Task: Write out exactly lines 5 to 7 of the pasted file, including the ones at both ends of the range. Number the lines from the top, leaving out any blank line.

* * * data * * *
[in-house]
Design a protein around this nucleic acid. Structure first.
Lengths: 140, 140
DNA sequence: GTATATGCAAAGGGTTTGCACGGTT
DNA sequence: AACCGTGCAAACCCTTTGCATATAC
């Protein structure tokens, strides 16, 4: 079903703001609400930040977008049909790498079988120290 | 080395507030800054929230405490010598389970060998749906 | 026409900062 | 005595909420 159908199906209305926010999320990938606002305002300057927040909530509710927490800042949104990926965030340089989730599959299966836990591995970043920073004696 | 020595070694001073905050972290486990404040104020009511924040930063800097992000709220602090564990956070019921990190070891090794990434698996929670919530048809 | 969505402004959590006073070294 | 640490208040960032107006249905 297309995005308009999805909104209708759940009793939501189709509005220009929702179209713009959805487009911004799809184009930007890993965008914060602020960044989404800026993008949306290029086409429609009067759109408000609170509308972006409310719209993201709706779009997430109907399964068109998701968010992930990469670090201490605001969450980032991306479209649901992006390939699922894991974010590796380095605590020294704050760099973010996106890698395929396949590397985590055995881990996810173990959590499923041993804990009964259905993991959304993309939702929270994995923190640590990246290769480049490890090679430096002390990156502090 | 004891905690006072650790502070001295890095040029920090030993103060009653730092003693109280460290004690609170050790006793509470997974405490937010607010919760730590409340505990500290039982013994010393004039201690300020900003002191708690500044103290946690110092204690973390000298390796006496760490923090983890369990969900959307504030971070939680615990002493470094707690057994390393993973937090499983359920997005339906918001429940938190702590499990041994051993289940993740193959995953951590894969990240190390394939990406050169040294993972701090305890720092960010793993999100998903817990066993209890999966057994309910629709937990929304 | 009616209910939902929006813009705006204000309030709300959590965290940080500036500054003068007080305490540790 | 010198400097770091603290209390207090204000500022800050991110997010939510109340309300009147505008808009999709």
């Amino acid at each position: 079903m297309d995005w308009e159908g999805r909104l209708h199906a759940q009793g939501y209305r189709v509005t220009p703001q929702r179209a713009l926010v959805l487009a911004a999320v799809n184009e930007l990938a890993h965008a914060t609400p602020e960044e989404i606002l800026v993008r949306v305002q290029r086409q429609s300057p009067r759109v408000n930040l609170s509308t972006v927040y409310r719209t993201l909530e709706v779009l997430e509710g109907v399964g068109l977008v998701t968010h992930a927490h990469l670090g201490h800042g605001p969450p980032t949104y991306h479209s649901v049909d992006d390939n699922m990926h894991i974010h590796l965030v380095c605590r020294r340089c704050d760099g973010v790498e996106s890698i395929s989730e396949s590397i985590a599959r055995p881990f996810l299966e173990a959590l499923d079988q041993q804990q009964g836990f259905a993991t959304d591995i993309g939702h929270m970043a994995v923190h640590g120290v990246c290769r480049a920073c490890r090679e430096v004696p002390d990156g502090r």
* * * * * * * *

DNA sequence: AACCGTGCAAACCCTTTGCATATAC
């Protein structure tokens, strides 16, 4: 079903703001609400930040977008049909790498079988120290 | 080395507030800054929230405490010598389970060998749906 | 026409900062 | 005595909420 159908199906209305926010999320990938606002305002300057927040909530509710927490800042949104990926965030340089989730599959299966836990591995970043920073004696 | 020595070694001073905050972290486990404040104020009511924040930063800097992000709220602090564990956070019921990190070891090794990434698996929670919530048809 | 969505402004959590006073070294 | 640490208040960032107006249905 297309995005308009999805909104209708759940009793939501189709509005220009929702179209713009959805487009911004799809184009930007890993965008914060602020960044989404800026993008949306290029086409429609009067759109408000609170509308972006409310719209993201709706779009997430109907399964068109998701968010992930990469670090201490605001969450980032991306479209649901992006390939699922894991974010590796380095605590020294704050760099973010996106890698395929396949590397985590055995881990996810173990959590499923041993804990009964259905993991959304993309939702929270994995923190640590990246290769480049490890090679430096002390990156502090 | 004891905690006072650790502070001295890095040029920090030993103060009653730092003693109280460290004690609170050790006793509470997974405490937010607010919760730590409340505990500290039982013994010393004039201690300020900003002191708690500044103290946690110092204690973390000298390796006496760490923090983890369990969900959307504030971070939680615990002493470094707690057994390393993973937090499983359920997005339906918001429940938190702590499990041994051993289940993740193959995953951590894969990240190390394939990406050169040294993972701090305890720092960010793993999100998903817990066993209890999966057994309910629709937990929304 | 009616209910939902929006813009705006204000309030709300959590965290940080500036500054003068007080305490540790 | 010198400097770091603290209390207090204000500022800050991110997010939510109340309300009147505008808009999709």
């Amino acid at each position: 079903m297309d995005w308009e159908g999805r909104l209708h199906a759940q009793g939501y209305r189709v509005t220009p703001q929702r179209a713009l926010v959805l487009a911004a999320v799809n184009e930007l990938a890993h965008a914060t609400p602020e960044e989404i606002l800026v993008r949306v305002q290029r086409q429609s300057p009067r759109v408000n930040l609170s509308t972006v927040y409310r719209t993201l909530e709706v779009l997430e509710g109907v399964g068109l977008v998701t968010h992930a927490h990469l670090g201490h800042g605001p969450p980032t949104y991306h479209s649901v049909d992006d390939n699922m990926h894991i974010h590796l965030v380095c605590r020294r340089c704050d760099g973010v790498e996106s890698i395929s989730e396949s590397i985590a599959r055995p881990f996810l299966e173990a959590l499923d079988q041993q804990q009964g836990f259905a993991t959304d591995i993309g939702h929270m970043a994995v923190h640590g120290v990246c290769r480049a920073c490890r090679e430096v004696p002390d990156g502090r």